For an entire generation, the mere mention of The Simpsons starts an internal soundtrack. Danny Elfman's distinctive theme music, Homer's "D'oh!," Bart's mischievous chortle, Lisa's desperate exhortations for cultural and environmental involvement, Marge's motherly groaning, and the gentle thud of baby Maggie falling down resound with comforting familiarity. After eighteen years, this unique cacophony of sound emanates from not only the television but your local cineplex as the Simpson clan stars in their first motion picture.
The Simpsons Movie showcases the ultimate dysfunctional family along with the vast majority of their motley supporting cast in, not necessarily their finest adventure, but, at 87 minutes, their longest.
Essentially three back-to-back episodes threaded together with a meandering storyline, the picture opens with what I dub "Homer Gets A Pig." Many humorous events transpire, particularly the scenes involving Homer and his pig , Bart vs. Homer in a game of Truth or Dare, and Bart spending quality time with Flanders. The next sequence, "The Simpsons Move To Alaska," features some trippy, Winsor McCay moments as Homer confronts Truth. The clan ultimately returns home for "Homer Saves Springfield." Weeded within the various adventures, the EPA, fronted by Russ Cargill, who is voiced by the amazing Albert Brooks, quarantines the environmentally hazardous Springfield. Within the isolated city, chaos reigns in a Lord of the Flies-style devolution.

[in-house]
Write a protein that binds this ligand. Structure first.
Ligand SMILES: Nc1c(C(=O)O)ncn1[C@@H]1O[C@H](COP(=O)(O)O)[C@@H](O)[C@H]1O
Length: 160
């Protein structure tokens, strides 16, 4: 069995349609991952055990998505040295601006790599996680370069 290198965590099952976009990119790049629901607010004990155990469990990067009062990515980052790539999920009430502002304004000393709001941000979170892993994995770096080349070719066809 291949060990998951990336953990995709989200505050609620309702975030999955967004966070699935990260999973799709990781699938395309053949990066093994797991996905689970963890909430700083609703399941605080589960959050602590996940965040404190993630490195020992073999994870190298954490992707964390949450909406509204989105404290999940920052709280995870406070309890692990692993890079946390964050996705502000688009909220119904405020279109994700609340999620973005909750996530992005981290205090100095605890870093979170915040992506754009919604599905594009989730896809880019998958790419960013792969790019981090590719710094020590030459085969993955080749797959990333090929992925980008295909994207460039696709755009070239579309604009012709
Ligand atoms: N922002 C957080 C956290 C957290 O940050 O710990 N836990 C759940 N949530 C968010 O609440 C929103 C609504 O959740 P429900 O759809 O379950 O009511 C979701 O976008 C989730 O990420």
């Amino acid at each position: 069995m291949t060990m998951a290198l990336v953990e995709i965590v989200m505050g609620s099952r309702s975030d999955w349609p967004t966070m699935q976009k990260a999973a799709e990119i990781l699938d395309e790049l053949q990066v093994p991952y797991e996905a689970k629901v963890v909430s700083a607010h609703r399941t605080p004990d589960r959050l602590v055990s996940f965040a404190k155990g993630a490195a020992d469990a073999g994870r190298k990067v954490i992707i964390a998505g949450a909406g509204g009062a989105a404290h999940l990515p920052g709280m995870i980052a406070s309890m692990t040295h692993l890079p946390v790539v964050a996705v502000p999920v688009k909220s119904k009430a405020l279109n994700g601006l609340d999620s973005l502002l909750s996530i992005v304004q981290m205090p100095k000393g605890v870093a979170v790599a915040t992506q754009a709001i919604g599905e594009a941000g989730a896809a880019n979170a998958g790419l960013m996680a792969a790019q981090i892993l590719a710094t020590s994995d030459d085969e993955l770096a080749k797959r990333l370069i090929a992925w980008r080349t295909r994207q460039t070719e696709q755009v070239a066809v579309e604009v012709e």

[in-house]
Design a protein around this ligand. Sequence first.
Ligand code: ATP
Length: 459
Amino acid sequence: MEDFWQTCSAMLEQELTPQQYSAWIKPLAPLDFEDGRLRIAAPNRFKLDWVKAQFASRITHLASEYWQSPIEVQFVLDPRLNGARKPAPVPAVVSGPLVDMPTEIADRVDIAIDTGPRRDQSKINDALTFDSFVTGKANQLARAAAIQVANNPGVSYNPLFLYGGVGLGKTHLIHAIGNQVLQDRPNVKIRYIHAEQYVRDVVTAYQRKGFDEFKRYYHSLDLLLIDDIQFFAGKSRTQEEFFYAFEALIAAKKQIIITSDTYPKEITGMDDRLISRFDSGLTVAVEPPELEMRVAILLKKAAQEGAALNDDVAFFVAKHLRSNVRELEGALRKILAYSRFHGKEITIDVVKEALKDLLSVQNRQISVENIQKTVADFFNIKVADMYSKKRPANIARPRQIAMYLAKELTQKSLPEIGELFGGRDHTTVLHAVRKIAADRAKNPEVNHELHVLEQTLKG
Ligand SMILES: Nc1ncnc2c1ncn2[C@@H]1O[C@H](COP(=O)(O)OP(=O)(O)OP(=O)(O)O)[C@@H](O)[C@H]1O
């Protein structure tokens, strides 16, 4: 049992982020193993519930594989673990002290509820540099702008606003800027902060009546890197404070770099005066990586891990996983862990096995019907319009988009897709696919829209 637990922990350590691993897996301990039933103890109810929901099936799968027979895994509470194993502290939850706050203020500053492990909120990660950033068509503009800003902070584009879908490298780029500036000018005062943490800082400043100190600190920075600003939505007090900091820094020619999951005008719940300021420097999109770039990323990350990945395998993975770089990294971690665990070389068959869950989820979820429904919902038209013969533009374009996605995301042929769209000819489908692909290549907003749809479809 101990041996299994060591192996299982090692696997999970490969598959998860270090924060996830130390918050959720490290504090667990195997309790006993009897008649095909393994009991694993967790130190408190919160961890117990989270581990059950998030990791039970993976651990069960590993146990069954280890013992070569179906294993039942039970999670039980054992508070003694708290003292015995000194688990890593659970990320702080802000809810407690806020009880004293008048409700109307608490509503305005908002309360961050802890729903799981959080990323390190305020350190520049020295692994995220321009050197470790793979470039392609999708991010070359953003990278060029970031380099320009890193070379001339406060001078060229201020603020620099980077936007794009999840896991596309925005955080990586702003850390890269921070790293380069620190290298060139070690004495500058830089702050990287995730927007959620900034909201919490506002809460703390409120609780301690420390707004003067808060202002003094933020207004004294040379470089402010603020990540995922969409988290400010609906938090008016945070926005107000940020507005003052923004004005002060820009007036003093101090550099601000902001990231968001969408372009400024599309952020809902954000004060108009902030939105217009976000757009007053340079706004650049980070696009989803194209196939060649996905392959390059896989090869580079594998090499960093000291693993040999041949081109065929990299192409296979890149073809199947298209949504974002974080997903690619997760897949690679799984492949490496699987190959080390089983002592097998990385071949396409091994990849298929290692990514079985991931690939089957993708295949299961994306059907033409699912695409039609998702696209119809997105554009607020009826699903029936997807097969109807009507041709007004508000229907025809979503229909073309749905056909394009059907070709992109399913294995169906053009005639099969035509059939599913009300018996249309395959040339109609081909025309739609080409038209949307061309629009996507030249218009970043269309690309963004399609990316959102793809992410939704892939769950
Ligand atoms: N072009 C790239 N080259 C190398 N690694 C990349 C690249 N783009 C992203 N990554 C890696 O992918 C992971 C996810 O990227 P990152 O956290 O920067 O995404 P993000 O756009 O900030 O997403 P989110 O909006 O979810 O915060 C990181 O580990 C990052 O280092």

Using several elements from the show, the film successfully captures the more memorable moments of the series. Like many comedies in the Bush II era, the cultural and political critiques offer the funniest scenes: a president choosing not the best but the most politically expedient solutions, power hungry politicos in all branches of government, the mainstream media's refusal to cover certain current events, governmental crisis mismanagement, and more. Culturally, none is more ironic than Bart, the American cartoon cultural icon for the late 20th and early 21st century, graphically mocking Mickey Mouse, the icon of the previous era.
Although many funny moments pepper the film, the picture, unlike the theatrical release of its cartoon brethren South Park, offers little more than the TV version, except for a few slightly off-color minor jokes that could not be aired during the regular show. Essentially, The Simpsons Movie is an extremely well-done episode of The Simpsons, which makes it superior to most films showing this summer, animated or not.